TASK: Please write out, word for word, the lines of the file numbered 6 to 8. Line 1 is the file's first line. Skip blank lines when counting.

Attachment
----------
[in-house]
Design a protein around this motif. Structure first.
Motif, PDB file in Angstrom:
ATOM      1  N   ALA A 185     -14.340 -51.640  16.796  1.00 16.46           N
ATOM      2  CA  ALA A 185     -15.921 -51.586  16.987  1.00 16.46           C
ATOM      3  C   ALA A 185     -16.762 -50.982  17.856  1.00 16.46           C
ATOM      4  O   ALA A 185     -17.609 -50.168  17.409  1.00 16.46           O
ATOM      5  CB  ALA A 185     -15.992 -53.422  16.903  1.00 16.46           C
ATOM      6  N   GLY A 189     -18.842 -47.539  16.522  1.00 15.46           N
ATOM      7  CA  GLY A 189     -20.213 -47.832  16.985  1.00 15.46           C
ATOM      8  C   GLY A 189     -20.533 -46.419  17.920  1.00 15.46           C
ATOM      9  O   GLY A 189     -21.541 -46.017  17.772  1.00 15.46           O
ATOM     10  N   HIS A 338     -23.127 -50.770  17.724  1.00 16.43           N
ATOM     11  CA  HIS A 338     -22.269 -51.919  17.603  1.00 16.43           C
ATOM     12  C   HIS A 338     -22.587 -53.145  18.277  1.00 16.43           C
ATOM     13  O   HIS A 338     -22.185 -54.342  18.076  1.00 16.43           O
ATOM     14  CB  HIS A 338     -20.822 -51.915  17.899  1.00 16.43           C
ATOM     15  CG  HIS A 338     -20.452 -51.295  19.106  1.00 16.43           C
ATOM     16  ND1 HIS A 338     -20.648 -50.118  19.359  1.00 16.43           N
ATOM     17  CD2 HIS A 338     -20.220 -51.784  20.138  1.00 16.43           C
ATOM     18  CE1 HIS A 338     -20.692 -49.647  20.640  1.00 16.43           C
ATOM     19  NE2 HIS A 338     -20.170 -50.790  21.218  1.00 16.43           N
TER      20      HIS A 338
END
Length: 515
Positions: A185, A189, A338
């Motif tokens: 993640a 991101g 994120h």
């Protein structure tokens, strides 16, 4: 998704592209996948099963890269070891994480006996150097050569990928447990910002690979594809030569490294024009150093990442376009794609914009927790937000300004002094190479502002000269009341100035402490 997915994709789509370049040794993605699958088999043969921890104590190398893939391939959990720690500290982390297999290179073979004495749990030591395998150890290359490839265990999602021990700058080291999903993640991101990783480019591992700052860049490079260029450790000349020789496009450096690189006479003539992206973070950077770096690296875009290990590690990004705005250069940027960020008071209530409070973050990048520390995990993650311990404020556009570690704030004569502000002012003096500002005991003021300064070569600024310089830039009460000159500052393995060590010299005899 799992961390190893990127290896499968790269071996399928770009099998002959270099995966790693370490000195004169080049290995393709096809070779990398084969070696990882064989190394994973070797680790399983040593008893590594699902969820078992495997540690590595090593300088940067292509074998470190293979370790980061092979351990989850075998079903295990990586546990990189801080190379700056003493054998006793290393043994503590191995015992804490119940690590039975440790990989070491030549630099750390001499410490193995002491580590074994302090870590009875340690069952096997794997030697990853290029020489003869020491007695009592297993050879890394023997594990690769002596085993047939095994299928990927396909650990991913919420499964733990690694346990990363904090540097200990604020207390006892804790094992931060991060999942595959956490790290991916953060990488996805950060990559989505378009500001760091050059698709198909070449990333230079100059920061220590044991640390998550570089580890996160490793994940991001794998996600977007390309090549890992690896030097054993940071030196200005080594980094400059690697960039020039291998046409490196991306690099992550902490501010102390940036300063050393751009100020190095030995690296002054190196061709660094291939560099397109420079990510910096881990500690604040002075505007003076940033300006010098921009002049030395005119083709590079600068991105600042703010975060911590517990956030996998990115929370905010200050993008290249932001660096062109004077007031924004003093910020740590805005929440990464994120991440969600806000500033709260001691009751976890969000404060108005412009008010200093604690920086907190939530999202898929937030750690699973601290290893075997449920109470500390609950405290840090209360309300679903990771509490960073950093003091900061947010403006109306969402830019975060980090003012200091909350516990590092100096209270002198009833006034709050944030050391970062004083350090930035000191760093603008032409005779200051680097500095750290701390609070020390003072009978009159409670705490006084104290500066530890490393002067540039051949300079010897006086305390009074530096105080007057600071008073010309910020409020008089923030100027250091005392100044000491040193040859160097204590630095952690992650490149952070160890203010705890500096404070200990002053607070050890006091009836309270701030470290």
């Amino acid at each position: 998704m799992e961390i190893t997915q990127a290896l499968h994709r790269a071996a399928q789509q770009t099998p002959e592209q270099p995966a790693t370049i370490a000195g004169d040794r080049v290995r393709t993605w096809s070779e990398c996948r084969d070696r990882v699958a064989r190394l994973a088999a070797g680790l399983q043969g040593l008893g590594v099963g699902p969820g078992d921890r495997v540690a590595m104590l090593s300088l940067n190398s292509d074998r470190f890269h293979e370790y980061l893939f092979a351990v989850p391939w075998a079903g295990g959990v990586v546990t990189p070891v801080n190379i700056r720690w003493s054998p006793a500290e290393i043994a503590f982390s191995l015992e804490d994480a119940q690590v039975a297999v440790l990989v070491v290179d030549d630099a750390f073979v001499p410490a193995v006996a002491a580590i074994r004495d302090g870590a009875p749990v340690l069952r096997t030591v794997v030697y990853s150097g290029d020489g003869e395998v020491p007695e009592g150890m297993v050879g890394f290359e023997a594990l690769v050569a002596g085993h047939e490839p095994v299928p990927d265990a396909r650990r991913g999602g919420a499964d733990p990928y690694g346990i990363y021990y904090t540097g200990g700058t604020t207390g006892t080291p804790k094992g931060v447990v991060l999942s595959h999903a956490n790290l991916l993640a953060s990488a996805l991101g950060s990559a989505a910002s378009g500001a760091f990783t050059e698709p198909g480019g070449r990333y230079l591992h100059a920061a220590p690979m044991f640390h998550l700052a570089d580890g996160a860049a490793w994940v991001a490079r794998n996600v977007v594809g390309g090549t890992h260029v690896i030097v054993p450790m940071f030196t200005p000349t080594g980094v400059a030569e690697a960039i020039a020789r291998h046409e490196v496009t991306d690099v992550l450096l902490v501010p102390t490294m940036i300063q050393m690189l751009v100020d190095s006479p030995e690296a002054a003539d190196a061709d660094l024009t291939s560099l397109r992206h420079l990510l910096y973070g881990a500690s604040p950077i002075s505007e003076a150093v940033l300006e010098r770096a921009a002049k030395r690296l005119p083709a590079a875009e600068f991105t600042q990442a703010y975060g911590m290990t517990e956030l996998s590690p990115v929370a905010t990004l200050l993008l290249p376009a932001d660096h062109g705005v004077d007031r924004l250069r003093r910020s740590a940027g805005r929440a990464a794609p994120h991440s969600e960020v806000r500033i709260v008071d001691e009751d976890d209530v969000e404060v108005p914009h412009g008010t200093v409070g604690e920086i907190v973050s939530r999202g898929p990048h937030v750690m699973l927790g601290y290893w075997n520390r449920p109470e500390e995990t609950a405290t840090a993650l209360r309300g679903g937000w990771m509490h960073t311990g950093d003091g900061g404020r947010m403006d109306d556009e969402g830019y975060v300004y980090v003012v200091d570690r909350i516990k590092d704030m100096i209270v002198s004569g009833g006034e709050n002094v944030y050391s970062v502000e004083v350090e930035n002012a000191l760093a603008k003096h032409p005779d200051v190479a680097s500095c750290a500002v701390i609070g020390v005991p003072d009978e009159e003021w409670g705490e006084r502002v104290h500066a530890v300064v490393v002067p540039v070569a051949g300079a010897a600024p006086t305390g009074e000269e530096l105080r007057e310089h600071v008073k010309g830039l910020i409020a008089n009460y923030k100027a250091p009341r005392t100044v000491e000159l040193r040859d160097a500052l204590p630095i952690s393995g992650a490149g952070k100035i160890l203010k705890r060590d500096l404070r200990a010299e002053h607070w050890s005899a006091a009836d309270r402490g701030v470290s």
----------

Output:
ATOM      3  C   ALA A 185     -16.762 -50.982  17.856  1.00 16.46           C
ATOM      4  O   ALA A 185     -17.609 -50.168  17.409  1.00 16.46           O
ATOM      5  CB  ALA A 185     -15.992 -53.422  16.903  1.00 16.46           C